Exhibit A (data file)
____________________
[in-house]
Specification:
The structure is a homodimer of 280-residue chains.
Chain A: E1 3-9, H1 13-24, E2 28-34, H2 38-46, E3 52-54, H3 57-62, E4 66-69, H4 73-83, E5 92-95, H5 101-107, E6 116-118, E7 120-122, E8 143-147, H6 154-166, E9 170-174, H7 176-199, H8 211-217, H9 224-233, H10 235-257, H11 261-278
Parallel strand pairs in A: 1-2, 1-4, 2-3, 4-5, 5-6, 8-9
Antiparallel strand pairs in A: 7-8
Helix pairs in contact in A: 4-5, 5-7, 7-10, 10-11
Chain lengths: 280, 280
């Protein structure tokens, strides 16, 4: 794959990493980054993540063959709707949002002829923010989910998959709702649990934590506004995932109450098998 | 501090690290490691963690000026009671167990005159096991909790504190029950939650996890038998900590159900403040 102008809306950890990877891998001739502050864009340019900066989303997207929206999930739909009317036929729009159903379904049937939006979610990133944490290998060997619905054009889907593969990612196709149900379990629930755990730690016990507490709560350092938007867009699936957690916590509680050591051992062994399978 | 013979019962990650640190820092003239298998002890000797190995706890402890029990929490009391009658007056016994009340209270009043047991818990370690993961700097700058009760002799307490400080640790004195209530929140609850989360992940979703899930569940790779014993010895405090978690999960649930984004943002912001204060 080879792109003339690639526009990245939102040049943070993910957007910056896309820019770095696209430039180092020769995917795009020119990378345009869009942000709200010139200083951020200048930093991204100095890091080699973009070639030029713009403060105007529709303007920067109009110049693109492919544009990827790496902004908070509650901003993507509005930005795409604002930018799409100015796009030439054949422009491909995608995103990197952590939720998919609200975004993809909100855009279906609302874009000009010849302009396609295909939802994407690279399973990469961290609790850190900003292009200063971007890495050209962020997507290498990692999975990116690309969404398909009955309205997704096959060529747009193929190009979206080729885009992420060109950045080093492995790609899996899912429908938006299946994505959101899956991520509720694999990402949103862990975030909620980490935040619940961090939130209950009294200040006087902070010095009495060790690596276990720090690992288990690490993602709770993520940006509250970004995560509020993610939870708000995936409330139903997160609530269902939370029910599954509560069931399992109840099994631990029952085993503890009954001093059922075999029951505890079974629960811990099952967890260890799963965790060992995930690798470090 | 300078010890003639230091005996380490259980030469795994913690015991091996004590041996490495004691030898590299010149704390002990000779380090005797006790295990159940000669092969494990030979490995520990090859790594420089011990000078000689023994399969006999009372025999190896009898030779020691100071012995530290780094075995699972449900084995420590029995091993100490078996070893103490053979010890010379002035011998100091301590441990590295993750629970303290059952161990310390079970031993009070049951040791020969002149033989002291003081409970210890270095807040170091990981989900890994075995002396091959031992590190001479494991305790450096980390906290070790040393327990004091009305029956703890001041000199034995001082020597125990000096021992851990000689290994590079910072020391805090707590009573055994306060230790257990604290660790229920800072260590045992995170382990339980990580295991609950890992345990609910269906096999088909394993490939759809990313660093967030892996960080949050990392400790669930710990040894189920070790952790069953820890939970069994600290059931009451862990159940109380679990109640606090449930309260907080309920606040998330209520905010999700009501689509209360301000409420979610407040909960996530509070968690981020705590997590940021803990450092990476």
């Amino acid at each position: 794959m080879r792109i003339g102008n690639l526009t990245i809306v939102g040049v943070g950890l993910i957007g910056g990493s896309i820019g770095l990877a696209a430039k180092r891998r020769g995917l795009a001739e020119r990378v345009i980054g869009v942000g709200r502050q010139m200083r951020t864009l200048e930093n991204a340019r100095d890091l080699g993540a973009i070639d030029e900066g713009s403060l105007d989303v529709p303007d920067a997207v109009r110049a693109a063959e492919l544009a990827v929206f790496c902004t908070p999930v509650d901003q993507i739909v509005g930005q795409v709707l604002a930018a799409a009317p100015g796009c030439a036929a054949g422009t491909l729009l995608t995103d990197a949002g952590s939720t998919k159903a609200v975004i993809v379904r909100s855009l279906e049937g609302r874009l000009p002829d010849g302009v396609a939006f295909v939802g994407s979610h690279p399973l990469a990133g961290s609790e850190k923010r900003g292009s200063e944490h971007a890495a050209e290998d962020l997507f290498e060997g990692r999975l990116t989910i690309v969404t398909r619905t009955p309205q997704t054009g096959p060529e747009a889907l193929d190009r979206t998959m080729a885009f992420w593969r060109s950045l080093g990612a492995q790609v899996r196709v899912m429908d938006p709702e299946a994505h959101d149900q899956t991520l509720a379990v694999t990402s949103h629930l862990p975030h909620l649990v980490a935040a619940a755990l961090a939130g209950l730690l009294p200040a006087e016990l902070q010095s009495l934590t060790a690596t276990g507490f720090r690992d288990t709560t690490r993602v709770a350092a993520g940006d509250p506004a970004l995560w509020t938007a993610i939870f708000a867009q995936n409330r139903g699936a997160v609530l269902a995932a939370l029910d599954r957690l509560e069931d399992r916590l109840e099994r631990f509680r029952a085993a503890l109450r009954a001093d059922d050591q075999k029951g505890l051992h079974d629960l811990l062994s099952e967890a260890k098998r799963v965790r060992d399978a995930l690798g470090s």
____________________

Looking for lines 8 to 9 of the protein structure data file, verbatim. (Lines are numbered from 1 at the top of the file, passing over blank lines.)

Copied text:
Chain lengths: 280, 280
């Protein structure tokens, strides 16, 4: 794959990493980054993540063959709707949002002829923010989910998959709702649990934590506004995932109450098998 | 501090690290490691963690000026009671167990005159096991909790504190029950939650996890038998900590159900403040 102008809306950890990877891998001739502050864009340019900066989303997207929206999930739909009317036929729009159903379904049937939006979610990133944490290998060997619905054009889907593969990612196709149900379990629930755990730690016990507490709560350092938007867009699936957690916590509680050591051992062994399978 | 013979019962990650640190820092003239298998002890000797190995706890402890029990929490009391009658007056016994009340209270009043047991818990370690993961700097700058009760002799307490400080640790004195209530929140609850989360992940979703899930569940790779014993010895405090978690999960649930984004943002912001204060 080879792109003339690639526009990245939102040049943070993910957007910056896309820019770095696209430039180092020769995917795009020119990378345009869009942000709200010139200083951020200048930093991204100095890091080699973009070639030029713009403060105007529709303007920067109009110049693109492919544009990827790496902004908070509650901003993507509005930005795409604002930018799409100015796009030439054949422009491909995608995103990197952590939720998919609200975004993809909100855009279906609302874009000009010849302009396609295909939802994407690279399973990469961290609790850190900003292009200063971007890495050209962020997507290498990692999975990116690309969404398909009955309205997704096959060529747009193929190009979206080729885009992420060109950045080093492995790609899996899912429908938006299946994505959101899956991520509720694999990402949103862990975030909620980490935040619940961090939130209950009294200040006087902070010095009495060790690596276990720090690992288990690490993602709770993520940006509250970004995560509020993610939870708000995936409330139903997160609530269902939370029910599954509560069931399992109840099994631990029952085993503890009954001093059922075999029951505890079974629960811990099952967890260890799963965790060992995930690798470090 | 300078010890003639230091005996380490259980030469795994913690015991091996004590041996490495004691030898590299010149704390002990000779380090005797006790295990159940000669092969494990030979490995520990090859790594420089011990000078000689023994399969006999009372025999190896009898030779020691100071012995530290780094075995699972449900084995420590029995091993100490078996070893103490053979010890010379002035011998100091301590441990590295993750629970303290059952161990310390079970031993009070049951040791020969002149033989002291003081409970210890270095807040170091990981989900890994075995002396091959031992590190001479494991305790450096980390906290070790040393327990004091009305029956703890001041000199034995001082020597125990000096021992851990000689290994590079910072020391805090707590009573055994306060230790257990604290660790229920800072260590045992995170382990339980990580295991609950890992345990609910269906096999088909394993490939759809990313660093967030892996960080949050990392400790669930710990040894189920070790952790069953820890939970069994600290059931009451862990159940109380679990109640606090449930309260907080309920606040998330209520905010999700009501689509209360301000409420979610407040909960996530509070968690981020705590997590940021803990450092990476």